Fox News: You were also moved by Donny Davis, an Air Force veteran. 
Kyle: Donny was an Air Force veteran and then he was a police officer. He started to get this cumulative PTSD where he says he was no stranger to the taste of his own gun barrel. That really paints a picture pretty quickly of how much he did not want to exist anymore in this world because of the evil he saw, all the trauma he faced. And yet, he comes out of it as a minister who is married to a woman who works with special needs kids.

And they take out a loan to secure a 1.3 million dollar property with a lake on it in order to build tiny homes for other veterans. It’s so cool to go on this crazy, winding road to get to this property. He came up with this unique concept of tiny homes on a property so that other people don’t feel so alone, so that other veterans have community, a roof over their head, food to eat and the ability to just pause for a second. That’s an extraordinary way to do it.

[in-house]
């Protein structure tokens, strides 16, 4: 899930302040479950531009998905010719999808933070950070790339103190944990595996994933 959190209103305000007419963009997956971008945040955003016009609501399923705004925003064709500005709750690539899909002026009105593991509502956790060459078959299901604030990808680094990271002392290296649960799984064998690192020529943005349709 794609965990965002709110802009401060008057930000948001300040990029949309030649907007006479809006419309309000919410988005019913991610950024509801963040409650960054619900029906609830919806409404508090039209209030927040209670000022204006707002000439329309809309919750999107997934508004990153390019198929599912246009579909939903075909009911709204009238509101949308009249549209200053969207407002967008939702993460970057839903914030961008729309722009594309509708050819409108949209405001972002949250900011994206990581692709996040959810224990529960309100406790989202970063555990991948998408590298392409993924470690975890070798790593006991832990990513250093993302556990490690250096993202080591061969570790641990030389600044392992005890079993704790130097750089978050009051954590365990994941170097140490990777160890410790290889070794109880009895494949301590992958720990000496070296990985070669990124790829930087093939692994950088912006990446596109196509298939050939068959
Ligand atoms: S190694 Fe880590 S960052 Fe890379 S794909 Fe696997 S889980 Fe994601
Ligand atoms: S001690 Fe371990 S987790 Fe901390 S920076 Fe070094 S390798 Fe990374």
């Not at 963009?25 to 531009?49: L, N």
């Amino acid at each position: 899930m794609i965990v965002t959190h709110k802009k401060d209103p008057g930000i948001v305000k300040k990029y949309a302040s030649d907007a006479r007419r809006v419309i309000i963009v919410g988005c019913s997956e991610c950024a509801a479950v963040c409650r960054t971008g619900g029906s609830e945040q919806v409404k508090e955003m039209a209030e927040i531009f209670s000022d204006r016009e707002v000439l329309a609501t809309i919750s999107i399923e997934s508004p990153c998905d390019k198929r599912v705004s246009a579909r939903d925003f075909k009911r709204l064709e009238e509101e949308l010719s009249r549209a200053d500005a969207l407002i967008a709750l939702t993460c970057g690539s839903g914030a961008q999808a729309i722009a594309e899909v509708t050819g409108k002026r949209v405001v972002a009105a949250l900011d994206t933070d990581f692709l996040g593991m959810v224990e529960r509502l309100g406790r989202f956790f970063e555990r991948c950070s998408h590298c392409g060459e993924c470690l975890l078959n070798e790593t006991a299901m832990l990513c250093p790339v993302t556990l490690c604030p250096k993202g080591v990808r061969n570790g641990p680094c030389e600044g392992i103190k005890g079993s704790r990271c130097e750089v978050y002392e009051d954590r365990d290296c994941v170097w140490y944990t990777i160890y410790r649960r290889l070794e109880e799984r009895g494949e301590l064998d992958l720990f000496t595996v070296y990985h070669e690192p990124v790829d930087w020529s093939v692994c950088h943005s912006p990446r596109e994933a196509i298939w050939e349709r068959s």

Fox News: There’s also the woman named Barbara who lost her husband, a member of the military. How did her story impact you?
Kyle: I met Barbara on the road and she had this ability to laugh and cry within a two-minute stretch. I can completely relate to that. I knew that she had the strength and an ability to take on difficult things without losing her heart, her soul and need for things to be good in life. And so, she started American Snippets. She’s doing incredible things for veterans, widows and people who are just struggling.

She’s also very vulnerable in her struggles, what she went through and things she’s not particularly proud of. But I think that kind of courage to speak out is what heals people. We often think that things we’re most ashamed of, we’re alone in it. And that’s because we don’t want to share it. So we don’t tell people. But the healing is when we’re OK with saying, “That is my shame, that was my story. And that’s OK. Because I’m not that person today. I grew. I changed.”